Dame Janet Finch was recently asked by the UK Government to set up a working group which would investigate and report on options for OA publishing for UK universities. The resulting report "Accessibility, sustainability, excellence: how to expand access to research publications" recommended that the UK government should support universities in pursuing OA publishing. There are three main ways in which authors can ensure that their work is published using an OA model: Gold, Hybrid and Green.
Gold open access publishing refers to fully "author-pays" funded OA.
- Publish in an OA journal (e.g. BioMed Central, PLOS) and pay an author fee
- Articles are peer-reviewed
- Articles are available to anyone to read without further charge
Hybrid open access publishing refers to paying a fee to a conventional publisher to make a particular article OA when it would otherwise be available only to subscribers.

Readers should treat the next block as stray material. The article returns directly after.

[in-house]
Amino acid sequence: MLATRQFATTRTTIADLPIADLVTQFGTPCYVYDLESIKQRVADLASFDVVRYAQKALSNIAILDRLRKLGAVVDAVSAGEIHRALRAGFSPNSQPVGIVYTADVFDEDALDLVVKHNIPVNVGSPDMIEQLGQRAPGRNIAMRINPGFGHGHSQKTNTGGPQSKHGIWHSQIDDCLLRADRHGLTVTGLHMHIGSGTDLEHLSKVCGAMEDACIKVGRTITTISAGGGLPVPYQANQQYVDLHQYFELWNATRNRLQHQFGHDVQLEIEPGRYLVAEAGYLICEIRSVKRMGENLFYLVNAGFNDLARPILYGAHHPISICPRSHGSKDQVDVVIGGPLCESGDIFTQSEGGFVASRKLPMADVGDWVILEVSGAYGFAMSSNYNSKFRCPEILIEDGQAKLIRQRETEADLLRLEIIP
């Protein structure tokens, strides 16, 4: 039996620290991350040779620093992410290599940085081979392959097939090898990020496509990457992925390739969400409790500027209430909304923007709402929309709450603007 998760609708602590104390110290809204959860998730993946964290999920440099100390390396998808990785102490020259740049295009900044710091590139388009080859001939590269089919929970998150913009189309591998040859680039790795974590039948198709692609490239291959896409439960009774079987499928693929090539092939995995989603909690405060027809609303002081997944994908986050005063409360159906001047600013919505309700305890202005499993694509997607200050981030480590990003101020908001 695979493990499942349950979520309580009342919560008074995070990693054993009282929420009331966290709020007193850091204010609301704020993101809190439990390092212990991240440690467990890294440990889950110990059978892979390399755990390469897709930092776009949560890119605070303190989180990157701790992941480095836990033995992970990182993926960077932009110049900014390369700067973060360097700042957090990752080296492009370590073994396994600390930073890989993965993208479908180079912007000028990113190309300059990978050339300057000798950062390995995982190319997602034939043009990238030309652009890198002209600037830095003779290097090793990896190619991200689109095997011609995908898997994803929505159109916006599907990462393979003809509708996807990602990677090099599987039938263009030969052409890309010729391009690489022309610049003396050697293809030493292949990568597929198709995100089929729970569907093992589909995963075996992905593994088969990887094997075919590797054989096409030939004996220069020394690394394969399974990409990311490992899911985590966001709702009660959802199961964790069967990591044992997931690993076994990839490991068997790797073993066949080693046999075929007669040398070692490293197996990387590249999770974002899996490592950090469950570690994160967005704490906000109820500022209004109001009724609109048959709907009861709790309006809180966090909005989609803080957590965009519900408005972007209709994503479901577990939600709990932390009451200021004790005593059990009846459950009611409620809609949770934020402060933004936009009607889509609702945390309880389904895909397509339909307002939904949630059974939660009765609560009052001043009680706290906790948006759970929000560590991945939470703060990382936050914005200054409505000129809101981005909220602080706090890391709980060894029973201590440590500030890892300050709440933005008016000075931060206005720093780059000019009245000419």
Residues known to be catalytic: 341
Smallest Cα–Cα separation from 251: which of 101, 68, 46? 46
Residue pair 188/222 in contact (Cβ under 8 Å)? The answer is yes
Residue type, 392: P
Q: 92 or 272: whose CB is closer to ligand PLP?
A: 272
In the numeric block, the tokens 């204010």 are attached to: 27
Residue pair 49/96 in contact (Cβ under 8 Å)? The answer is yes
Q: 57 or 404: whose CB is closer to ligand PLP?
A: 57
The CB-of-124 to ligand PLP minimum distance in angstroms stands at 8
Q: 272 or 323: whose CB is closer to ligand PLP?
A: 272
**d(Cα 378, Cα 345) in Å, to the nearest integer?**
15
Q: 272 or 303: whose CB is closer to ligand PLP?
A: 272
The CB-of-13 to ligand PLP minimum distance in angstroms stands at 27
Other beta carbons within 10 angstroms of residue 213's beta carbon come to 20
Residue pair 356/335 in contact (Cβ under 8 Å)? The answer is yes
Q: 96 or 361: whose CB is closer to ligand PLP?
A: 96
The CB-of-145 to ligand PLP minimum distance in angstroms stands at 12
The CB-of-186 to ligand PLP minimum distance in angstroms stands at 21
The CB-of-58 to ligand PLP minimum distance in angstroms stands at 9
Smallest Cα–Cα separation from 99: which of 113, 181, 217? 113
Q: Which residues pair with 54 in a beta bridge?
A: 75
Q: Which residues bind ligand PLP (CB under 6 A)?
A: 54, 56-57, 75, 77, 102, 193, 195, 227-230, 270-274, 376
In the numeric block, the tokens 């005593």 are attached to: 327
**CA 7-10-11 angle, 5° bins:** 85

- Publish in a conventional journal
- Pay an author fee to have your article made openly available, without subscription
- The publisher receives both library subscriptions and author fees
Both gold and hybrid routes require the author to pay a fee to the publisher (Article Processing Charge or APC), usually in the region of £1,000 - £2,000. In order to rapidly increase the volume of OA publications, and on the recommendation of the Finch Report, the government has provided funds to UK universities, including Cardiff University, to pay the author fees for Gold and Hybrid publications.
Green – self-archiving